calcIrms( ) measures (in this case) 1480 samples of current and calculates the rms value. (The root mean square average value of alternating current is the value of direct current that gives the same heating effect in a resistor.)

Hello Robert,
I guess I am almost there.
Please take a look in this sketch to see whether i am on right direction.
My CT sensor is 5A/5mA with a 220 Ω burden resistor.

``````#include "Emonlib.h"
EnergyMonitor ct1;
``````

`int pino_ct1 = A1;`

``````Void setup()
{
Serial.begin(9600);
ct1.current(pino_ct1, 4.54);

}
Void loop()
{
double Irms = ct1.calcIrms(10);
if (Irms > 0.100) {
led1.on();
}
else {
led1.off();
}
}
``````

I need just led 100% ON with current on CT sensor and 100% OFF with no current.
Question: The current flowing on CT primary side is about 200mA. Will it work?
Thanks again.

That is not many samples. You will only see a short segment of the sine wave, and if you happen to start reading 5 samples before the zero crossing and finish 5 samples after, you will read a very, very small value - certainly not the true rms current.

With 200 mA primary current, what is the secondary current, therefore what is the voltage across the burden resistor? Can you calculate that? And is that enough to detect reliably?

It’s only 2.75% of the maximum you can read with that c.t & burden. It might not be, in which case, as you are not worried about the shape of the waveform, you could increase the value of your burden resistor, maybe try 560 Ω?

500 could be a good samples value? What do you recommend?

Across 220 Ω burden resistor I got 0.0 V using digital voltmeter.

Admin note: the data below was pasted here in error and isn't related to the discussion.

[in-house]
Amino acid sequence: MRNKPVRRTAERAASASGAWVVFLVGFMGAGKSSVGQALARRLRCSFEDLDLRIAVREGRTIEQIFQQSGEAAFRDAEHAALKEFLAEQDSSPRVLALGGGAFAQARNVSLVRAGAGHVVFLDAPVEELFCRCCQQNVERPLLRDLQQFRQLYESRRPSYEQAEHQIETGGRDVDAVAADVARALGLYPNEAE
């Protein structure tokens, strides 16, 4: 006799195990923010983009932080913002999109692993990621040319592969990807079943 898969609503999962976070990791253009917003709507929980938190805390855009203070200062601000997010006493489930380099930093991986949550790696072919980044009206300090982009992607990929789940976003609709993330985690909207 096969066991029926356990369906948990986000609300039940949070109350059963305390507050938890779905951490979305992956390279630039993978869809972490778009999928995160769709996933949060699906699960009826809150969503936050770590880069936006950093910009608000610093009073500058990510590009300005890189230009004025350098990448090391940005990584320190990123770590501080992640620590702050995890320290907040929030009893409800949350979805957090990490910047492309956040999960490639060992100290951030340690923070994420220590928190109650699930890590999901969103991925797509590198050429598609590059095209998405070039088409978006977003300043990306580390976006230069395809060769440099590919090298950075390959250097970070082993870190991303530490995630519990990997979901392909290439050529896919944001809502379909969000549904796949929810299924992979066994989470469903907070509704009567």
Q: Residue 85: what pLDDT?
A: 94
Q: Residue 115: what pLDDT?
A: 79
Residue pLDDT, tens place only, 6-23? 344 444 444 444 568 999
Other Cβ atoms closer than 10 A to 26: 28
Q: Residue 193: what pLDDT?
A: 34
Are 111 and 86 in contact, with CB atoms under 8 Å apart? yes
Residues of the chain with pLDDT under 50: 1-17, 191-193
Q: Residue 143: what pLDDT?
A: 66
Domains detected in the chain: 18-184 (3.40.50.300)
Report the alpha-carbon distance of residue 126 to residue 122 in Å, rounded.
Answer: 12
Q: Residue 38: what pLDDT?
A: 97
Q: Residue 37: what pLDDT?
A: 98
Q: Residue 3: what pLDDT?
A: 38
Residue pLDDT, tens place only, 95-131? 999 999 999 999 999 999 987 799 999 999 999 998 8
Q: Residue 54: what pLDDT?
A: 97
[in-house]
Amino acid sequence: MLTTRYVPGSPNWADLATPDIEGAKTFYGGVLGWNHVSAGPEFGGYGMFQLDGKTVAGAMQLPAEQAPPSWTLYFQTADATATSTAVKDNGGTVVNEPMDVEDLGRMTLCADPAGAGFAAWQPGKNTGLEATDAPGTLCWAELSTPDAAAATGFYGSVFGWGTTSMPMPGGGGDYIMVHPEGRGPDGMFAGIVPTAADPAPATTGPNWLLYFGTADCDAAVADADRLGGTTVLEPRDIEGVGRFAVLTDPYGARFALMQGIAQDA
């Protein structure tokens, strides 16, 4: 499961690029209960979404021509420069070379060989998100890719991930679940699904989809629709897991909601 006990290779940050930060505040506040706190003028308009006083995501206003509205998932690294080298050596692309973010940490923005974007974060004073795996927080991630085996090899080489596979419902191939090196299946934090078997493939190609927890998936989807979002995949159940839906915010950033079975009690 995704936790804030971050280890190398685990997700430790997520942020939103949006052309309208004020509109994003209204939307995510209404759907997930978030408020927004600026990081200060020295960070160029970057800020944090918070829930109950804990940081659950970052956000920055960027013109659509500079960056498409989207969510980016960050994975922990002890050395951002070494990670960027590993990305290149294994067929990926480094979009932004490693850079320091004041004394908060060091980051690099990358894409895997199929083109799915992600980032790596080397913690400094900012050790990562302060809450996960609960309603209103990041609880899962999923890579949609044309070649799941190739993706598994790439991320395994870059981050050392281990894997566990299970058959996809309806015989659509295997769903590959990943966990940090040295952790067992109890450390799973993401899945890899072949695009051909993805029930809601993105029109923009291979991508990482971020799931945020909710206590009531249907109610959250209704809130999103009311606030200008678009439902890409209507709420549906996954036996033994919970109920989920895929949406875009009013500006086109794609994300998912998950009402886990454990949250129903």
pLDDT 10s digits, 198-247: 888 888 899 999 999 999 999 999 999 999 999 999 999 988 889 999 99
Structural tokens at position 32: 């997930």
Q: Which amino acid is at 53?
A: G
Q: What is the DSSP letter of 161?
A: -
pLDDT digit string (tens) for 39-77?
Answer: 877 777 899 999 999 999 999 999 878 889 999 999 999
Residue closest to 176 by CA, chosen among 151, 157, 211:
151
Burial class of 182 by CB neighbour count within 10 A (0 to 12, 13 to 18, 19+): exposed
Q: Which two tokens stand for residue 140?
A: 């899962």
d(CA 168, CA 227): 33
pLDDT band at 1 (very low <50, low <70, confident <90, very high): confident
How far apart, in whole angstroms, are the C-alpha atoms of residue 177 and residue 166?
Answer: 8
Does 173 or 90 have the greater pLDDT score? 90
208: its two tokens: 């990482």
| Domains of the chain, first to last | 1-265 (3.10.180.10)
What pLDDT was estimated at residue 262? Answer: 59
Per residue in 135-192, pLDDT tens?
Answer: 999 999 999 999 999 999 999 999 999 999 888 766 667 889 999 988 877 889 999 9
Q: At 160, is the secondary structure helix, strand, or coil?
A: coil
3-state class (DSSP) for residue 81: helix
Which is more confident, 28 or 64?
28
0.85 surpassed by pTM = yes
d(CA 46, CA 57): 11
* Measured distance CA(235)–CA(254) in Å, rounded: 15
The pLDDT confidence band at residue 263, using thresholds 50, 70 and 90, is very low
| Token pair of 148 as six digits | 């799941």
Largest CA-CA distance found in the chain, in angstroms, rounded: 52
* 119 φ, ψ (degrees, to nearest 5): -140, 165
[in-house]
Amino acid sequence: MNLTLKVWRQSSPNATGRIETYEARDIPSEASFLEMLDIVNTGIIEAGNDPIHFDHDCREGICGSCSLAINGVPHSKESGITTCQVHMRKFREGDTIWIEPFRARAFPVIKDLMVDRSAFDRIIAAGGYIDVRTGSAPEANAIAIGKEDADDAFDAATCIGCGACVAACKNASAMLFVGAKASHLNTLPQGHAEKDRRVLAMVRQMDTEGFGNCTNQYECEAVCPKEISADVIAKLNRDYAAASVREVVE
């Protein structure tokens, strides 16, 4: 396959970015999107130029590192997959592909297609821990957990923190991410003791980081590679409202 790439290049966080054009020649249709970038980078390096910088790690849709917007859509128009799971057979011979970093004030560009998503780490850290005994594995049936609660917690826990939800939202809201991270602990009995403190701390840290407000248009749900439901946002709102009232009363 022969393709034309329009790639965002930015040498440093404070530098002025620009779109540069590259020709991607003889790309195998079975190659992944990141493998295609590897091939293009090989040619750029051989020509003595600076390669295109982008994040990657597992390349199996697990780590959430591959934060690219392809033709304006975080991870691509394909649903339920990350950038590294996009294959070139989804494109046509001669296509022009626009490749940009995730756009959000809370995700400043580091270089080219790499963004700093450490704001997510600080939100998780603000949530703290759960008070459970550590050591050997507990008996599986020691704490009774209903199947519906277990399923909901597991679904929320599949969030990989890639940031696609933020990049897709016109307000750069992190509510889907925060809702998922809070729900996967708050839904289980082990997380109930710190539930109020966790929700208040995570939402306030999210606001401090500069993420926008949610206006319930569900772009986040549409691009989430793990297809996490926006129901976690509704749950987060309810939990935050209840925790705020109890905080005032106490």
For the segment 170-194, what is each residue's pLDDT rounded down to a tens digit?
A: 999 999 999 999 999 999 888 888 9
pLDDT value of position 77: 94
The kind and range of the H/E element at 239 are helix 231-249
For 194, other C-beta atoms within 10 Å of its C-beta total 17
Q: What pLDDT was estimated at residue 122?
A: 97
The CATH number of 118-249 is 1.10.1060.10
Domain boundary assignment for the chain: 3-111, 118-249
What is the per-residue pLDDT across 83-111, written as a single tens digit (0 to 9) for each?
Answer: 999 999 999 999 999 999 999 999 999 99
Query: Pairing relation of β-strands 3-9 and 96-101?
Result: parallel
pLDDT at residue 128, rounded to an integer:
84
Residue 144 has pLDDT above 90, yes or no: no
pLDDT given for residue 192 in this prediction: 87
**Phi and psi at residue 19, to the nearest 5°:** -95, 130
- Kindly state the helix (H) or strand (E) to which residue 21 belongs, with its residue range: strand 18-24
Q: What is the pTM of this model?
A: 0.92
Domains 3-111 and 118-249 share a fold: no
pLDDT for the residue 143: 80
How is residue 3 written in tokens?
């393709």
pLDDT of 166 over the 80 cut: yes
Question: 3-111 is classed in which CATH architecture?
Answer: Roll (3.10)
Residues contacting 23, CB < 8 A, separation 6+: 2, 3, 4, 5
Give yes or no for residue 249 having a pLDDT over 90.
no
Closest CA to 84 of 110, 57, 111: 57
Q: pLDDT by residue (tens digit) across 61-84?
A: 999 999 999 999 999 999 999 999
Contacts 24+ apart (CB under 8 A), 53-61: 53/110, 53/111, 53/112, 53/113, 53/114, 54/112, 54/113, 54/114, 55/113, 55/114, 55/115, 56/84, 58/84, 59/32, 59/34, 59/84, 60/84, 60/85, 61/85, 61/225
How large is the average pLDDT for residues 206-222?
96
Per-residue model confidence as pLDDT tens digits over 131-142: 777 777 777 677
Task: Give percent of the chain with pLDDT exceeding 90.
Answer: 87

Using 39K Ω, I got 1.7 V. Its ok this value to burden?

I have not tried to time calcIrms( ), but calcVI( ) can measure about 55 samples per 50 Hz cycle, so I would expect calcIrms to be about twice that. I think 500 samples will measure about 5 cycles (0.1 s) so it seems a good number to start with.

39 kΩ seems too high. You want not more than 1.6 V across the burden at the maximum current you are likely to see. Any more ( more than 5 V peak to peak) risks damaging the input of your Arduino.

What value of burden resistor (“sampling resistor”) is recommended for your c.t.? Knowing that will give me some guide to its VA rating, hence the maximum voltage you can expect it to be able to generate at your 200 mA primary current.

It’s recommend 200 Ω and 1V for sampling voltage.

There you are then. You can safely increase the burden value to give you up to 1 V rms. Above that, you’re likely to see distortion and phase errors in the waveform. But as you’re not particularly concerned about that - you are only interested in measuring something or nothing - I’d increase the burden up to the point where you can reliably detect the difference between your circuit carrying the current you want to detect, and not.

It’s all working and I didn’t need to use bias voltage. Only Irms was enough.
Thanks Robert.

I measured & posted the sampling rate - did you see that post?
Those numbers meant that the smallest number of samples for a whole number of cycles of mains is 112 for a 50 Hz system, or 93 for a 60 Hz system (1 cycle) or the smallest universal number is 559 (100 ms, or 5 cycles of 50 Hz or 6 cycles of 60 Hz). The recommended monitoring period is 300 ms (1676 samples).

I didn’t. Where is this post?
I’m using 500 samples with 60Hz system. I will change to 1676 to improve like you said.